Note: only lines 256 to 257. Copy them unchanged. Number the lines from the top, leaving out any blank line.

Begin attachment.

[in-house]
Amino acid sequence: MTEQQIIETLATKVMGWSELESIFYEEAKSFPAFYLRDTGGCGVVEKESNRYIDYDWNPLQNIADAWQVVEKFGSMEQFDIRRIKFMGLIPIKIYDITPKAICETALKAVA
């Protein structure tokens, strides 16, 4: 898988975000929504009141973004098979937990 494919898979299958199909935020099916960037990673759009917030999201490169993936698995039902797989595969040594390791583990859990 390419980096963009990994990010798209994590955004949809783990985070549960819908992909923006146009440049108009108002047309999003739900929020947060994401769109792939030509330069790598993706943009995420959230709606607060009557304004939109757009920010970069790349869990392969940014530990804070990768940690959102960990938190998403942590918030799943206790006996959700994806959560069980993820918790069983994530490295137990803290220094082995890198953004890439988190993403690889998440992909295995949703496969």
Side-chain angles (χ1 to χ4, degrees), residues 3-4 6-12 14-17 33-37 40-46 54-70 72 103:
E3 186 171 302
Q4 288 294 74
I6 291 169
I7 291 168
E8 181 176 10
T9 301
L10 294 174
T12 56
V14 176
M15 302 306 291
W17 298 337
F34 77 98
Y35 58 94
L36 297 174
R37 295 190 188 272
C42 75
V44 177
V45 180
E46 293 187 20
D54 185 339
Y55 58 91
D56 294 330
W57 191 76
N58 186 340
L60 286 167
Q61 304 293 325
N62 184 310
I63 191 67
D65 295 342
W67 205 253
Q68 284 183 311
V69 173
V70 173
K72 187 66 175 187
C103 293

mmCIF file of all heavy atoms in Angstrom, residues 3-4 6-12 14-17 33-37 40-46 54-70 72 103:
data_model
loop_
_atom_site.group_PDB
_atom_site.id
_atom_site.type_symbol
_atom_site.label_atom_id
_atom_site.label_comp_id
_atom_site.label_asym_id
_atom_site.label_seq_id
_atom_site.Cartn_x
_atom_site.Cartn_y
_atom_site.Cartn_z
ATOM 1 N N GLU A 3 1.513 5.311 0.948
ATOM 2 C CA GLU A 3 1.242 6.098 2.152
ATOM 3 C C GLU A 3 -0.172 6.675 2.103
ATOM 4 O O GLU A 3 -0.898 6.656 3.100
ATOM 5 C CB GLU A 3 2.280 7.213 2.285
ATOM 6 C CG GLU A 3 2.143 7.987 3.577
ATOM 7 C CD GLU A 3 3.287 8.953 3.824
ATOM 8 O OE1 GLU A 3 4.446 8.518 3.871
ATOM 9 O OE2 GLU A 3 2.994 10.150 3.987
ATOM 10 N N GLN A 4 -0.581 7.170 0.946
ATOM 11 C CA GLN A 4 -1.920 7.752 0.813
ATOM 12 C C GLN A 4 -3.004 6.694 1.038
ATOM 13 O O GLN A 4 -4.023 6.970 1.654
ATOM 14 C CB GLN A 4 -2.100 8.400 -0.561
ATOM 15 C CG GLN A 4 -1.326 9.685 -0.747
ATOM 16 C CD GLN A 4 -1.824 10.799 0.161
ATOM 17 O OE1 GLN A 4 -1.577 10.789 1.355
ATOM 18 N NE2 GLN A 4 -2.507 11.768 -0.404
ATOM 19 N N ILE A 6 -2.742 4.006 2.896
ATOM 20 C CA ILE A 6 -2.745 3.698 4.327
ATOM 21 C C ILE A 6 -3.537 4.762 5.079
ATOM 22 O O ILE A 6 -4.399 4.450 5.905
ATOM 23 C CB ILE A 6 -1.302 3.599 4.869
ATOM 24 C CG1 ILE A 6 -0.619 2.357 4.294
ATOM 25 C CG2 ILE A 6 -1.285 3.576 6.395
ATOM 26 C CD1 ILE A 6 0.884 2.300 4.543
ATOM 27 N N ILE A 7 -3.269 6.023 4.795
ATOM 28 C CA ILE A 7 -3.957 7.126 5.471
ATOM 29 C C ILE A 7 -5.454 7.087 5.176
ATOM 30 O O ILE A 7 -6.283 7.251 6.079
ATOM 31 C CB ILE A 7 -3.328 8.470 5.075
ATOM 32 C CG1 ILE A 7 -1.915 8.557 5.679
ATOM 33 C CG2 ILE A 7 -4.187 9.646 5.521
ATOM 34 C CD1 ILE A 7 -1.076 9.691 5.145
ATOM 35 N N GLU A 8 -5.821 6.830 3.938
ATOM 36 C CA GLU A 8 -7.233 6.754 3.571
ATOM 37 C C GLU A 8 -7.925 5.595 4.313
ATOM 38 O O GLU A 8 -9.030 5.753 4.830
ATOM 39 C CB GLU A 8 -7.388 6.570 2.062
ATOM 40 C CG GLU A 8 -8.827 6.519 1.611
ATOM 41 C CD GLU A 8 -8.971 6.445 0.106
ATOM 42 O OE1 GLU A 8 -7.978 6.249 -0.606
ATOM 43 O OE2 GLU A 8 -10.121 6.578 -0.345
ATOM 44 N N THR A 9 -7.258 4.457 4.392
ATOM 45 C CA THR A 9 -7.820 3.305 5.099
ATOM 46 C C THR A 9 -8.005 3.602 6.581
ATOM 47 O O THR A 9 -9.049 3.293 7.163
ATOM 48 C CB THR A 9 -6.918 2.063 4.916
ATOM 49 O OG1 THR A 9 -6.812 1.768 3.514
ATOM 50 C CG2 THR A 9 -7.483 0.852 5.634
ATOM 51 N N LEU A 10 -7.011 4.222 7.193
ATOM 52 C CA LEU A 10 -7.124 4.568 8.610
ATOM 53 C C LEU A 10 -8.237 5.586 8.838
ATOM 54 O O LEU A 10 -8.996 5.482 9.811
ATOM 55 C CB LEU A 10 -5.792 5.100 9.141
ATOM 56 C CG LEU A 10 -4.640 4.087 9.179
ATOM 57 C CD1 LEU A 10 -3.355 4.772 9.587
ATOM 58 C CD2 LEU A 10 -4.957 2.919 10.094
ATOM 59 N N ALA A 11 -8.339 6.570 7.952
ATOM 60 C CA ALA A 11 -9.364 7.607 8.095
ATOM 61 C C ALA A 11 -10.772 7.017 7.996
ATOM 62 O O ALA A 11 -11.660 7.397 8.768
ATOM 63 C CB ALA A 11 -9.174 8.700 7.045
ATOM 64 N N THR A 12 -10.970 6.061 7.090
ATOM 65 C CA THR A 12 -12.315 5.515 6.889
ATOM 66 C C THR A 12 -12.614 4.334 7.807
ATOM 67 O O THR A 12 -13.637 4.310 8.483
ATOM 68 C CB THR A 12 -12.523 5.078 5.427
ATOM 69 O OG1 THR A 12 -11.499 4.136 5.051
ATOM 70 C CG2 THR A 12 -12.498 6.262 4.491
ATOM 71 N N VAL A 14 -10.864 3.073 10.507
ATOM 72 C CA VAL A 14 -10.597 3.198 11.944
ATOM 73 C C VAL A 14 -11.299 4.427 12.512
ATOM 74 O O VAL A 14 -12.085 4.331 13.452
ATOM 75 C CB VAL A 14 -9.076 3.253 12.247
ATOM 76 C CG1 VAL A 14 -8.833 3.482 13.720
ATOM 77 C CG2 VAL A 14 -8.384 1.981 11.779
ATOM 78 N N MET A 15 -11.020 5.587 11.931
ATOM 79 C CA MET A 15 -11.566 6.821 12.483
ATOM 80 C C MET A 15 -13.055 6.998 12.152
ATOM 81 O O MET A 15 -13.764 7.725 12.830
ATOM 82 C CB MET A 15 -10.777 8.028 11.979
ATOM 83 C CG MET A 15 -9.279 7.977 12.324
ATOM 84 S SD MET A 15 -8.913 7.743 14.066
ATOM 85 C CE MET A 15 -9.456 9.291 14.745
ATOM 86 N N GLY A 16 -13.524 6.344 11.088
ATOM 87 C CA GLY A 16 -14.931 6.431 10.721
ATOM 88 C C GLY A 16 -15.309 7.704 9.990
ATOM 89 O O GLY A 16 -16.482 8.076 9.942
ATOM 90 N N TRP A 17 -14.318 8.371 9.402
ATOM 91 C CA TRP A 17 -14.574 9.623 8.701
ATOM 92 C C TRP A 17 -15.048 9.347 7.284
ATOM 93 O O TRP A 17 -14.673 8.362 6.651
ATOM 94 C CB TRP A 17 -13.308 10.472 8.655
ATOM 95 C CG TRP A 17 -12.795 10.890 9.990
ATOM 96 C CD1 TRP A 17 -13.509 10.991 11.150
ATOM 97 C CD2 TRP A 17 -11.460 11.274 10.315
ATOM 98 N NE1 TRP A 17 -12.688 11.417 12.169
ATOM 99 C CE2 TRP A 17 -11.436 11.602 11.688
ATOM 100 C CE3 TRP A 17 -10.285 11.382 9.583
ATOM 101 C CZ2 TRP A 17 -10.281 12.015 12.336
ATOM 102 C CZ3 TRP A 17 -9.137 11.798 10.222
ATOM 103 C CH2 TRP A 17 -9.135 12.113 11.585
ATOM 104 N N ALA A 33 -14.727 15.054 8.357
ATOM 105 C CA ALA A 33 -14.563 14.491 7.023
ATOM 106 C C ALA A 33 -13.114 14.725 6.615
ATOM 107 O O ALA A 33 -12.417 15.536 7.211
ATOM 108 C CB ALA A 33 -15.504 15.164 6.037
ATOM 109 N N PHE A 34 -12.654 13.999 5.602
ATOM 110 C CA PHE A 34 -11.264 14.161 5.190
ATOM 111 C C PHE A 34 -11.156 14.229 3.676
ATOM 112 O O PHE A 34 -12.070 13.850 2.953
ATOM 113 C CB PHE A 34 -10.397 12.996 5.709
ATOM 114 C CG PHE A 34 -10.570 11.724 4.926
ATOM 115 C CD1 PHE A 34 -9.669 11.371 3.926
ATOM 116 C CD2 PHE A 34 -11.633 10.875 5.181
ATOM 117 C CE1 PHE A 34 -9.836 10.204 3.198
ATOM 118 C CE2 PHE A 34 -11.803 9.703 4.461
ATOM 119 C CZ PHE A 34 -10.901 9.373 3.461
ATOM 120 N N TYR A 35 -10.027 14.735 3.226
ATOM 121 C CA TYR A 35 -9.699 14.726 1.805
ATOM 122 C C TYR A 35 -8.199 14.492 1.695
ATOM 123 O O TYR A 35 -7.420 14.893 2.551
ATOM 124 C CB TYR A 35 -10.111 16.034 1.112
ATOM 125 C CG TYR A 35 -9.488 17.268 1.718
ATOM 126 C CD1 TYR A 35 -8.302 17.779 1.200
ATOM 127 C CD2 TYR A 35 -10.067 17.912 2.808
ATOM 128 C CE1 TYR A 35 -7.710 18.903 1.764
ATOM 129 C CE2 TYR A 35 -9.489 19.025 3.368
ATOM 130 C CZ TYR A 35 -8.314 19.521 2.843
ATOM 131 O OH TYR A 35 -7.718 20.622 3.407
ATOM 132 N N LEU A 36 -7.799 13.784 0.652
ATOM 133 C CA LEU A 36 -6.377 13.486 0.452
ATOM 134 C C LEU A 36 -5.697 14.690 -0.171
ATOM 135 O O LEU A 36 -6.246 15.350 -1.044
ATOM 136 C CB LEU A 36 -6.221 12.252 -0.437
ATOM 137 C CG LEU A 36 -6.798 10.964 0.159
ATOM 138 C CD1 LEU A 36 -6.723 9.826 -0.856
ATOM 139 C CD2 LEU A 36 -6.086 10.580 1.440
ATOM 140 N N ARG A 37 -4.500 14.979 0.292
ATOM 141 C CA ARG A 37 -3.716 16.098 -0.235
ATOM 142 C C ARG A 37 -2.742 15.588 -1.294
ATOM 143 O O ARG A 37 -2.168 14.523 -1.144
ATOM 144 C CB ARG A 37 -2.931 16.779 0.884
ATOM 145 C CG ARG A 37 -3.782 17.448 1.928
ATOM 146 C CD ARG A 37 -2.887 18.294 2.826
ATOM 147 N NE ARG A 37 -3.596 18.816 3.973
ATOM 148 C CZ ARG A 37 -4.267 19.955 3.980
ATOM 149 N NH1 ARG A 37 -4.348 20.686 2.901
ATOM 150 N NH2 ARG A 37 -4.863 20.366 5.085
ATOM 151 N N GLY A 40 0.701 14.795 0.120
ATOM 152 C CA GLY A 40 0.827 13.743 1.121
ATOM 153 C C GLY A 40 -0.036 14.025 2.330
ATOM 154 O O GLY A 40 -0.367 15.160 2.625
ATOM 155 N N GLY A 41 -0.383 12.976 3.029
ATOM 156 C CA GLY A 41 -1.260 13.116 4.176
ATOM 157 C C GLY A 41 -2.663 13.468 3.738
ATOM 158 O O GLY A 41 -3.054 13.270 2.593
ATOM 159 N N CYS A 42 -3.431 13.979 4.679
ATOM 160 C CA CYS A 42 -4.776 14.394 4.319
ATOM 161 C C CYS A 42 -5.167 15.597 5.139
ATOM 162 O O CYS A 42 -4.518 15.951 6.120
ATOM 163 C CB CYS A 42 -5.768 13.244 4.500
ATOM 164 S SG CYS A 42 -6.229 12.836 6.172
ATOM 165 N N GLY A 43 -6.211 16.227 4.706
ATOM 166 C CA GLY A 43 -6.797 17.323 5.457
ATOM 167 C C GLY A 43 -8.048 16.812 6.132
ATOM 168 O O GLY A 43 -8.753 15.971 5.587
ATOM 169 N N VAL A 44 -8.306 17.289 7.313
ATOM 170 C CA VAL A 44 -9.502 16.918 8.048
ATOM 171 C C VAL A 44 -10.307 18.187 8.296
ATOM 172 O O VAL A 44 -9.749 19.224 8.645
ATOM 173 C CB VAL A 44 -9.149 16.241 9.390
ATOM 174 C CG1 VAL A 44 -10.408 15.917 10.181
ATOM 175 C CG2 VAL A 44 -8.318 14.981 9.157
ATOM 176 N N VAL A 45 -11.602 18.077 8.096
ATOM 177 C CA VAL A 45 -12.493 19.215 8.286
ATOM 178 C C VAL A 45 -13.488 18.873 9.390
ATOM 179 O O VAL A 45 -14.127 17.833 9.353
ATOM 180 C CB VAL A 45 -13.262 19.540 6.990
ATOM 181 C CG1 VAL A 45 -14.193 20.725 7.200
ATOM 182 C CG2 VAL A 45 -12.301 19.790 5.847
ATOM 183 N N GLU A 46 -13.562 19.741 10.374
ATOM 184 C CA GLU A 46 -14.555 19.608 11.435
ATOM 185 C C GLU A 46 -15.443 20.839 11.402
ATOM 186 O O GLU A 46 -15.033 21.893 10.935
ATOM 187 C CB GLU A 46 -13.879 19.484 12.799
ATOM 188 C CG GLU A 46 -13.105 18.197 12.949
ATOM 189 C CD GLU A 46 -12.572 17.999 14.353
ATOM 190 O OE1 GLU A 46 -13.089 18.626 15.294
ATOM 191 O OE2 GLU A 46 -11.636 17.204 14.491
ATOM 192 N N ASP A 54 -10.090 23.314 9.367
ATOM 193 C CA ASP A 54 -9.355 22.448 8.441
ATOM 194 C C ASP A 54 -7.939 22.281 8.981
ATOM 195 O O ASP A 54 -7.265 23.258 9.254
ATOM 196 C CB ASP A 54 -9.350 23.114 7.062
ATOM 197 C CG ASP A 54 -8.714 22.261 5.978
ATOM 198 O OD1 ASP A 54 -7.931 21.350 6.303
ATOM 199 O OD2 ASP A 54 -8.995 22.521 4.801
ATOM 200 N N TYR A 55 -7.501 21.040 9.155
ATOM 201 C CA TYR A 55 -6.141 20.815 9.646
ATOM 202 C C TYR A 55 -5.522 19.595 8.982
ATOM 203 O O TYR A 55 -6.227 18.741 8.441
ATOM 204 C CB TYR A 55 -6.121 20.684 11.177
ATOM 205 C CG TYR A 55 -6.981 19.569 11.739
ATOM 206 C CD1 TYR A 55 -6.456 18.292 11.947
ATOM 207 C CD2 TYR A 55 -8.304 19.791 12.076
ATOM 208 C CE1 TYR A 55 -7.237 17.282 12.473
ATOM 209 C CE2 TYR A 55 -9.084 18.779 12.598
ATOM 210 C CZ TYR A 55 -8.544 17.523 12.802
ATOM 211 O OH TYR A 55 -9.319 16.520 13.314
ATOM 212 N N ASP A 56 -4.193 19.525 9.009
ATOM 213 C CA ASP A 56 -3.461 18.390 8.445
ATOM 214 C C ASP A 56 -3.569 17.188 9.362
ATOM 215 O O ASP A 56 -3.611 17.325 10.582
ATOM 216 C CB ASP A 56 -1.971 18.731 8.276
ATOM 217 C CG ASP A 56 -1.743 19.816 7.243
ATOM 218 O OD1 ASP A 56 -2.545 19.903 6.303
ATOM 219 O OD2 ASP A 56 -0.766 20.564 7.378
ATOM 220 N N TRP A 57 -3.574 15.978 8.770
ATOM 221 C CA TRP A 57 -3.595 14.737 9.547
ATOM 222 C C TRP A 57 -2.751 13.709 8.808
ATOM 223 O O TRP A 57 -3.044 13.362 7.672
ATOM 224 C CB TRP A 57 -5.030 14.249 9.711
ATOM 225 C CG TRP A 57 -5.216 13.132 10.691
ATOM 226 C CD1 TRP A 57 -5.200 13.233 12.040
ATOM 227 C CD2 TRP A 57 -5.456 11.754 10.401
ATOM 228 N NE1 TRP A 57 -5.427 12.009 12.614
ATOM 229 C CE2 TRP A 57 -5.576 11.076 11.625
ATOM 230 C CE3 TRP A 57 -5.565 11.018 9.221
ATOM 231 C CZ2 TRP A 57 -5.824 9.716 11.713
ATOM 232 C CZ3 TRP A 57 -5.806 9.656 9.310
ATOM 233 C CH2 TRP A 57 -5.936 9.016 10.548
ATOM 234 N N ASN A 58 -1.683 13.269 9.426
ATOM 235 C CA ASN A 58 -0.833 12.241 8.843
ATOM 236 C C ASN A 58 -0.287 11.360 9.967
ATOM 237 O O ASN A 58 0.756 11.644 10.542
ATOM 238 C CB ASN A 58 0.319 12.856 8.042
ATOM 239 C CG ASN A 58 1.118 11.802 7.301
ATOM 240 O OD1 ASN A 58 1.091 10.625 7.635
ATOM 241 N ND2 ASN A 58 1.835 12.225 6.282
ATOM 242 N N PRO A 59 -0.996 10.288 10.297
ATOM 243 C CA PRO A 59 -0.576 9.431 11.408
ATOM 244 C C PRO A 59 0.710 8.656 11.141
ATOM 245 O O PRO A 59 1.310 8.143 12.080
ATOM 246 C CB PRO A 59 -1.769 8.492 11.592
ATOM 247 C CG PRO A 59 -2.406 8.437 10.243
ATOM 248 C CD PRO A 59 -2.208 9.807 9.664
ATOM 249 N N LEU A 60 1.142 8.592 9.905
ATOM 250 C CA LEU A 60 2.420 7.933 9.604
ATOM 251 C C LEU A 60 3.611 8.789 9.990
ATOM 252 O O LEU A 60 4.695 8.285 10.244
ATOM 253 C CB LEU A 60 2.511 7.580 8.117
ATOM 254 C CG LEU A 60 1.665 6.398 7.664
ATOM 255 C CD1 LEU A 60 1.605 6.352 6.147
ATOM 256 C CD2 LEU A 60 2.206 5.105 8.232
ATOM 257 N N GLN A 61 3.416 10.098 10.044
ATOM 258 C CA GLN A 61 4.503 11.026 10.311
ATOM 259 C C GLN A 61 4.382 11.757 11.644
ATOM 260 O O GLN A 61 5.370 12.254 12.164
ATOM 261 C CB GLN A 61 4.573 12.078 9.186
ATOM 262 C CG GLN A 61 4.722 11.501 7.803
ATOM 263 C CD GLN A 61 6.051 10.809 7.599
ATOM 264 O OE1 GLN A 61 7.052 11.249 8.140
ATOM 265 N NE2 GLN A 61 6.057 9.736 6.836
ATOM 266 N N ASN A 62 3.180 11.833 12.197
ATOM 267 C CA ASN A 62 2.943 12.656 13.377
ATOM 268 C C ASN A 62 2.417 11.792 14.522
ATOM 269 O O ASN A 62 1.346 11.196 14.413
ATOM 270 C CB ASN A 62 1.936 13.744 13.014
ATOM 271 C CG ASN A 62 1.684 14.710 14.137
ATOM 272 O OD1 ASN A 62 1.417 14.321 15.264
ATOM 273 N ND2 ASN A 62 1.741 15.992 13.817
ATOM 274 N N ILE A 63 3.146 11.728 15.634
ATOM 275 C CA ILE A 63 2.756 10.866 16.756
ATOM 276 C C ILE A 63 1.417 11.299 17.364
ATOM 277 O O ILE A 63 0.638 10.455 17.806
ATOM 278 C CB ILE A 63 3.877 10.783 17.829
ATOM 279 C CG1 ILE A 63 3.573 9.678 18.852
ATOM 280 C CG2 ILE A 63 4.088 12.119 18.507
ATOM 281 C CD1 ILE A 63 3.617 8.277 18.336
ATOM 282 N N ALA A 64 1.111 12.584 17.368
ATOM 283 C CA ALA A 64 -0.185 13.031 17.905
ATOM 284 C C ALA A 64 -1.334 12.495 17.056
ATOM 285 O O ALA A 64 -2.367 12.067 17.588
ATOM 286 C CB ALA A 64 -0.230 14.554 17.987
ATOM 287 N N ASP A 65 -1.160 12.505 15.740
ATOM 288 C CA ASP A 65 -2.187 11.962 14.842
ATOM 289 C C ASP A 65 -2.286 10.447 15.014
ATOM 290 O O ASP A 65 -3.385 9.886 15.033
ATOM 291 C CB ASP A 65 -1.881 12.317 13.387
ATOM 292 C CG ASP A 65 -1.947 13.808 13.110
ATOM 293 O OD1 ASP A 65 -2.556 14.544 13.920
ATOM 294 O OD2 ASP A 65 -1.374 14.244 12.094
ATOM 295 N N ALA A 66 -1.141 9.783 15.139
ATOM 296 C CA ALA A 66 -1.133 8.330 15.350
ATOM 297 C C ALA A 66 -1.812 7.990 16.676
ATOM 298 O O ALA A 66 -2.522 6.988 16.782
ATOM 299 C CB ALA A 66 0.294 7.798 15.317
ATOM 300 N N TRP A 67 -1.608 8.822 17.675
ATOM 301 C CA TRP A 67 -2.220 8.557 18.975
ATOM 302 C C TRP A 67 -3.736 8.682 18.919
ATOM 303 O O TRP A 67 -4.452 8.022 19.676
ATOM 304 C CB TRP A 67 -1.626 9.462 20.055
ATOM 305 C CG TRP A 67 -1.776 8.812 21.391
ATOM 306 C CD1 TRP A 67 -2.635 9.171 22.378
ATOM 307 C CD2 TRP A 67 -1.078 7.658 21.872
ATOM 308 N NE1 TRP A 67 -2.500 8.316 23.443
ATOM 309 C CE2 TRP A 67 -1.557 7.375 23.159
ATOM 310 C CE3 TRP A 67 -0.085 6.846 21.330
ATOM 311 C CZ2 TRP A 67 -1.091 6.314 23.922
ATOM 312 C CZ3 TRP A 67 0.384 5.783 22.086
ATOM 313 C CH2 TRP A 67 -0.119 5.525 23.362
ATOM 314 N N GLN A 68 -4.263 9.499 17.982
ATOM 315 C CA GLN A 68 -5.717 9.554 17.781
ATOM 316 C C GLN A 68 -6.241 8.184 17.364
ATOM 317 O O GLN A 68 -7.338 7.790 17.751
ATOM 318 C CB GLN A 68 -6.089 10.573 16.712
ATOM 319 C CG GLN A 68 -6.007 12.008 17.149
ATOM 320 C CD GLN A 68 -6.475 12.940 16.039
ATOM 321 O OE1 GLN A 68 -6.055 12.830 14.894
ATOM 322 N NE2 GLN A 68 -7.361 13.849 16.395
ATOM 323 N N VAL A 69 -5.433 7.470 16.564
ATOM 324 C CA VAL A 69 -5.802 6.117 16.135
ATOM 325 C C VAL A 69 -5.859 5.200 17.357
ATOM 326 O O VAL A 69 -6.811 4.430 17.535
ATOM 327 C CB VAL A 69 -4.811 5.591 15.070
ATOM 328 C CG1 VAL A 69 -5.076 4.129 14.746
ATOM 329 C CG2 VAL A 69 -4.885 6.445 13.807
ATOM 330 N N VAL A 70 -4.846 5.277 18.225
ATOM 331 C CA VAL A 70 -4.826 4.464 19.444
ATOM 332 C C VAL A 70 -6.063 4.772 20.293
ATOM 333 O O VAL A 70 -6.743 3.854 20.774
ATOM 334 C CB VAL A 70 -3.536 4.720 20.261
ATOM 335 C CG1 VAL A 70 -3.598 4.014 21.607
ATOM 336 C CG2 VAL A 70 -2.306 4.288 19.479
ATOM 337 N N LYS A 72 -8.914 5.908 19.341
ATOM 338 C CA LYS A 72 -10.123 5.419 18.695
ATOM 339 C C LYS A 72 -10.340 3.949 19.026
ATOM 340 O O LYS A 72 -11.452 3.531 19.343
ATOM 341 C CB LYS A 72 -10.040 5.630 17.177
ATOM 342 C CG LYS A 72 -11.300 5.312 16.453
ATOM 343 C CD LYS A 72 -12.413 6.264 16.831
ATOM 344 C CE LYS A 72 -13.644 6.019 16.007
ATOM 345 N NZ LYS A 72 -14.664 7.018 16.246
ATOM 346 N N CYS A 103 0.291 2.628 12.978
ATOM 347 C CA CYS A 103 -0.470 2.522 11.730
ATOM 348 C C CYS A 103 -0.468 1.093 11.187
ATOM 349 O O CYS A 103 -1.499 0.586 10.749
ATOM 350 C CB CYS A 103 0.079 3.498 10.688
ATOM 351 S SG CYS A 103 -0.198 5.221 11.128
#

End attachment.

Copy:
ATOM 204 C CB TYR A 55 -6.121 20.684 11.177
ATOM 205 C CG TYR A 55 -6.981 19.569 11.739